These two layers of opacity are nothing new to intelligence governance. State secrecy and technical complexity have made it difficult to establish effective forms of oversight and accountability for a long time. But machine learning adds a third layer of opacity to the intelligence process that has to do with the limited interpretability and inscrutability of how these algorithms work. Not only do useful machine learning applications usually operate at scale and often on heterogeneous data, it is in the very nature of machine learning that algorithms generate and alter their own logic when analysing (and learning from) data. That exponentiates the complexity of the process, rendering it difficult to understand even to those who designed it. Burrell writes: “While datasets may be extremely large but possible to comprehend and code may be written with clarity, the interplay between the two in the mechanism of the algorithm is what yields the complexity (and thus opacity).”


Limiting opacity

For all three layers, there are different strategies to address opacity and the problem of accountability that comes with it. Organisational secrecy is habitual and intentional but not natural. As stated at the beginning of this article, this moment might constitute a unique opportunity to talk about (AI in) intelligence beyond a narrow circle, especially in a European context. However, most of the examples used in this article are from the US, where agencies have been more upfront about their AI plans. In Europe, intelligence has been notably absent from much of the recent debate around AI. Here, if AI-enhanced surveillance is addressed, it is usually in the context of predictive policing. This needs to change. Intelligence needs to be included more systematically in the European discourse on AI by reflecting on its organisational and regulatory context.

Political debate, and thereby transparency, can remedy the first layer of opacity, but they won’t be useful to address unequal technical knowledge. Here, a good starting point would be to give oversight bodies greater technical capabilities and expertise, especially on ML and its social consequences, and to establish internal procedures to avoid organisational silos composed of a few people privy to AI. At the third layer of opacity, the inscrutability of ML, even code audits by skilled experts may not do the trick. Labelling who or what is suspicious has implications for privacy, press freedom, and real people’s lives. Explaining these actions remains crucial but becomes more challenging when ML is used. How will GCHQ, for example, meaningfully explain why a certain communications link was chosen for surveillance by the ML algorithms it is experimenting with? Evolving research areas like explainable AI promise to reduce the opacity of ML in the future. However, we should keep in mind that solving data problems with data solutions might not always be the way to go. As the current debate on facial recognition shows, it is well within the bounds of reason simply not to use ML-based surveillance tools at all in certain areas; or at least to put safeguards in place before the technology is implemented.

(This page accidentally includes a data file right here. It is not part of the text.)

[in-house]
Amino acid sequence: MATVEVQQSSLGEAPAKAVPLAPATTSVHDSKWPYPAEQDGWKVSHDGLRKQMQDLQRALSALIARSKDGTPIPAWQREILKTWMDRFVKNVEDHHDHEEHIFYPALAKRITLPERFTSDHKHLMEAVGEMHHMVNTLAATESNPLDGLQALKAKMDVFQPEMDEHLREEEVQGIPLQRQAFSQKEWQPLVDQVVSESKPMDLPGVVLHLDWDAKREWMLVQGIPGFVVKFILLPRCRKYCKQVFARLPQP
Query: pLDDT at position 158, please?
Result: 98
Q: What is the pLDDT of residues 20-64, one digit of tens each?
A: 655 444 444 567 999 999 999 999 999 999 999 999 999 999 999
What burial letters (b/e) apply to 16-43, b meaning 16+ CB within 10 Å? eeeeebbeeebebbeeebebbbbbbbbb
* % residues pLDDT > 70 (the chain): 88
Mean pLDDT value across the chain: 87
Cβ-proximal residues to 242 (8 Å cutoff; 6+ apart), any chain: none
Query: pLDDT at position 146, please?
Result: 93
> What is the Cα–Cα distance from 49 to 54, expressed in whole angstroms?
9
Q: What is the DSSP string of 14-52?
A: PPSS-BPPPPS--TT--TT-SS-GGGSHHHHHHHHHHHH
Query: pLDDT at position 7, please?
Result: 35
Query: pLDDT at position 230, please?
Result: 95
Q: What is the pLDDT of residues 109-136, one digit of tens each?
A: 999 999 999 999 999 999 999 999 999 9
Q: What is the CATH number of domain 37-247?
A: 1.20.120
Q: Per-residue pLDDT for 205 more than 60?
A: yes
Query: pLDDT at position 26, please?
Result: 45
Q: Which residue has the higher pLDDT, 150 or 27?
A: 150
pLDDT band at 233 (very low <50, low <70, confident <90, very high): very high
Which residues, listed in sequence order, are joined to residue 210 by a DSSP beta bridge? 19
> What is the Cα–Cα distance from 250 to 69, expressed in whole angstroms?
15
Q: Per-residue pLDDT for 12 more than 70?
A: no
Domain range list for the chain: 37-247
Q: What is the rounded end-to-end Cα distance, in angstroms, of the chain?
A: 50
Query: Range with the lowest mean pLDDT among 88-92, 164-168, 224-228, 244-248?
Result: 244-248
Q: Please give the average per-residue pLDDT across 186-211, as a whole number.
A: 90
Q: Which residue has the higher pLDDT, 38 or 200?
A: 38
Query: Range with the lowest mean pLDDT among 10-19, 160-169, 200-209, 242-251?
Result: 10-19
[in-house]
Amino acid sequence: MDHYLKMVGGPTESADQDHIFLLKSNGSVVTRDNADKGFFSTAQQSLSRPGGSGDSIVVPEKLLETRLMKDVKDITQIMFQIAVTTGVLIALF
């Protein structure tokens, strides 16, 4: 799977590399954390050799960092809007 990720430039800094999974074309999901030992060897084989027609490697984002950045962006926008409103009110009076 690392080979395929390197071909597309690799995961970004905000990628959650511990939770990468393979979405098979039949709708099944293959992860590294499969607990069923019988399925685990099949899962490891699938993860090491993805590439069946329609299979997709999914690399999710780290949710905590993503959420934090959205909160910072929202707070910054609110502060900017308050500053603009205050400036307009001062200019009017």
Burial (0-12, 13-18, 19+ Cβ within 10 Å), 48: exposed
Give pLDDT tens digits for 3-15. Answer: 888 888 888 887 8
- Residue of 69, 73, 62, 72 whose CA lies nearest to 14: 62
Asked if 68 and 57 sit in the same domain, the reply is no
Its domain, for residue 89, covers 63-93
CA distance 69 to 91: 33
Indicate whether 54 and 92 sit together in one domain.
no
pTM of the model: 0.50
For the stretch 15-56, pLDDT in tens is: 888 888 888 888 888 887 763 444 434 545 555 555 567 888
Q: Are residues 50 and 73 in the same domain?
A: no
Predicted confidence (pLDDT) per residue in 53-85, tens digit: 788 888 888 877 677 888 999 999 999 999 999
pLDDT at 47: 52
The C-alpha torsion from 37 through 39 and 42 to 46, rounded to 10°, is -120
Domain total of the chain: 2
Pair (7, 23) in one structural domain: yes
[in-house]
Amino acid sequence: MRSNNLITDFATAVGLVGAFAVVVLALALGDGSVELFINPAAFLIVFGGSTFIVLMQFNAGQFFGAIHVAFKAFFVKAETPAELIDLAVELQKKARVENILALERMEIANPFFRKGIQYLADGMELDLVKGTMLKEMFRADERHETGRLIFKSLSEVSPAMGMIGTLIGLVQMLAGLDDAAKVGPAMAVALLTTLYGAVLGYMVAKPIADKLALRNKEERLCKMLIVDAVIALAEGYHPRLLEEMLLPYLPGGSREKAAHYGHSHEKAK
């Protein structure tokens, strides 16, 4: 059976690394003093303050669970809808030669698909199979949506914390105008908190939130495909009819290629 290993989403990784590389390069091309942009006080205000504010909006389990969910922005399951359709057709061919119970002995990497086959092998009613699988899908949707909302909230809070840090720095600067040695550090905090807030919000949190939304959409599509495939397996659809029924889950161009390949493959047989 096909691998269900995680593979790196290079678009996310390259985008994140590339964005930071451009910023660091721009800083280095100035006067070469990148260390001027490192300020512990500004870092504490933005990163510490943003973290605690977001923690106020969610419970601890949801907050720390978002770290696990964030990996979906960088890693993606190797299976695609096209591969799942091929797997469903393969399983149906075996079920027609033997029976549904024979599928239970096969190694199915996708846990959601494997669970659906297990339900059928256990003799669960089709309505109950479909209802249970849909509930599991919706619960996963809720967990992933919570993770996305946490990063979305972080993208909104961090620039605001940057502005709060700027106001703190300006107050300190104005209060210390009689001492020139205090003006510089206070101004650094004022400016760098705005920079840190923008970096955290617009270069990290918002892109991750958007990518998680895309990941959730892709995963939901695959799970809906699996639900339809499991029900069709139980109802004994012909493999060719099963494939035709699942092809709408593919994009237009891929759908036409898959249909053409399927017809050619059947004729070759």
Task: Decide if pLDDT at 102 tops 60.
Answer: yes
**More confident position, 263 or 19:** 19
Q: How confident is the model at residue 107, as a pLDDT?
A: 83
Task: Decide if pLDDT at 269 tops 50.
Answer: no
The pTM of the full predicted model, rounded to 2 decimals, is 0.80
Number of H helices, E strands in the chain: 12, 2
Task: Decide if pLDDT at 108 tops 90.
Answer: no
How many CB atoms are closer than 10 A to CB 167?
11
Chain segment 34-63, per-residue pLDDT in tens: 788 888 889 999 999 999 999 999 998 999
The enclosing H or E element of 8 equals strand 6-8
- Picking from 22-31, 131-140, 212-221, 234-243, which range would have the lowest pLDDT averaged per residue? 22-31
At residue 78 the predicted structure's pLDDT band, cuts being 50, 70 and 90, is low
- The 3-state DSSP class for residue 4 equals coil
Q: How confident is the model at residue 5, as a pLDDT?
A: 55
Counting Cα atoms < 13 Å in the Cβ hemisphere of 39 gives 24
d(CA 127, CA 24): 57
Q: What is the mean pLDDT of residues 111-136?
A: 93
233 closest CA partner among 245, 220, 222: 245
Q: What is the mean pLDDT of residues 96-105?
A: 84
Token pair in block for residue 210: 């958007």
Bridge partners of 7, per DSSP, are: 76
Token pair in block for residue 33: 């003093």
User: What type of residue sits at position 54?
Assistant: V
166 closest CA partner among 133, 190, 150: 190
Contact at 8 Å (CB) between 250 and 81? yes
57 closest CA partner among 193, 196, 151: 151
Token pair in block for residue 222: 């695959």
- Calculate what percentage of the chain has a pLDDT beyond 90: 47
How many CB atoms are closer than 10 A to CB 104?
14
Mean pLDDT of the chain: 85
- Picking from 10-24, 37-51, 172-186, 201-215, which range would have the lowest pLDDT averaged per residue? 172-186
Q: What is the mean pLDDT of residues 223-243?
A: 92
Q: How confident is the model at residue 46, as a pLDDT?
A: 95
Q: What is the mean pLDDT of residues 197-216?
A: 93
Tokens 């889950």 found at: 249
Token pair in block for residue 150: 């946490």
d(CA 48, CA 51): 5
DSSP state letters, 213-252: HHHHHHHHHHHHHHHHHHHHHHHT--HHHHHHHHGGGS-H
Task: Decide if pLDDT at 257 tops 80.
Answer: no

A nuanced understanding of what exactly is so opaque about ML, and why, is more productive than simply assuming it to be a natural black box. Nonetheless, the blackbox metaphor holds value in another sense. According to the sociologist Bruno Latour, a technology is primarily a black box when it works so well that no one questions it anymore. Thus, paradoxically, the more successful and taken-for-granted technologies are, “the more opaque and obscure they become” (p. 304). From this perspective, rather than become increasingly explainable, AI might become more and more of a black box, even for people inside the field of intelligence. Yet another reason why right now is the moment to find out more about how spies use AI and what we can do about that.




[1] The European Union Agency for Fundamental Rights provides some background for this: “In international intelligence service cooperation, the third-party rule prevents a service from disclosing to a third party any data received from a partner without the source’s consent. FRA’s research underlines that the third-party rule protects sources and guarantees trust among intelligence services that cooperate. However, FRA’s data show that oversight bodies are often considered as ‘third parties’ and therefore cannot assess data coming from international cooperation. In some Member States, oversight bodies are no longer considered as ‘third parties’ and so have full access to such data.”